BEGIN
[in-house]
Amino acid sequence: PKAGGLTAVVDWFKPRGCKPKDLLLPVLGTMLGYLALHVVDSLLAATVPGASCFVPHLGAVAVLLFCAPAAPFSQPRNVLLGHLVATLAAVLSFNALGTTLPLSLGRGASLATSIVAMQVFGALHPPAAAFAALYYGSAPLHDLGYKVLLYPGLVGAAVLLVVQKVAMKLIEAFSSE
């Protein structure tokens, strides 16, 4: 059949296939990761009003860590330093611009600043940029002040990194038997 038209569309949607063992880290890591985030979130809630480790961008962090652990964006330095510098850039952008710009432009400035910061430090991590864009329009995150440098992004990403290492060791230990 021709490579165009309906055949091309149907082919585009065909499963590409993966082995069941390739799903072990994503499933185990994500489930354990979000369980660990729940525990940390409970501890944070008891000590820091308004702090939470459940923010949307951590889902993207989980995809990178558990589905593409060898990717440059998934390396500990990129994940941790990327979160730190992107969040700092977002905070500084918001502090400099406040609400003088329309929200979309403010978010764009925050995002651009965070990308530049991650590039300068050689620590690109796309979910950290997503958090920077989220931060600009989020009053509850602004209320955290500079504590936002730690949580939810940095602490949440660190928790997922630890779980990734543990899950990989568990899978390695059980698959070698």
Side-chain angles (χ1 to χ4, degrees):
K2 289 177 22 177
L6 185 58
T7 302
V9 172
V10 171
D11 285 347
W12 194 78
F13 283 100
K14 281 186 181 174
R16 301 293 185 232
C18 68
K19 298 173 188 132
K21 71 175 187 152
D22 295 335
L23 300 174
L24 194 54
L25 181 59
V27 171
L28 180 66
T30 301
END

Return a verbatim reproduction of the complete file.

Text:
[in-house]
Amino acid sequence: PKAGGLTAVVDWFKPRGCKPKDLLLPVLGTMLGYLALHVVDSLLAATVPGASCFVPHLGAVAVLLFCAPAAPFSQPRNVLLGHLVATLAAVLSFNALGTTLPLSLGRGASLATSIVAMQVFGALHPPAAAFAALYYGSAPLHDLGYKVLLYPGLVGAAVLLVVQKVAMKLIEAFSSE
């Protein structure tokens, strides 16, 4: 059949296939990761009003860590330093611009600043940029002040990194038997 038209569309949607063992880290890591985030979130809630480790961008962090652990964006330095510098850039952008710009432009400035910061430090991590864009329009995150440098992004990403290492060791230990 021709490579165009309906055949091309149907082919585009065909499963590409993966082995069941390739799903072990994503499933185990994500489930354990979000369980660990729940525990940390409970501890944070008891000590820091308004702090939470459940923010949307951590889902993207989980995809990178558990589905593409060898990717440059998934390396500990990129994940941790990327979160730190992107969040700092977002905070500084918001502090400099406040609400003088329309929200979309403010978010764009925050995002651009965070990308530049991650590039300068050689620590690109796309979910950290997503958090920077989220931060600009989020009053509850602004209320955290500079504590936002730690949580939810940095602490949440660190928790997922630890779980990734543990899950990989568990899978390695059980698959070698």
Side-chain angles (χ1 to χ4, degrees):
K2 289 177 22 177
L6 185 58
T7 302
V9 172
V10 171
D11 285 347
W12 194 78
F13 283 100
K14 281 186 181 174
R16 301 293 185 232
C18 68
K19 298 173 188 132
K21 71 175 187 152
D22 295 335
L23 300 174
L24 194 54
L25 181 59
V27 171
L28 180 66
T30 301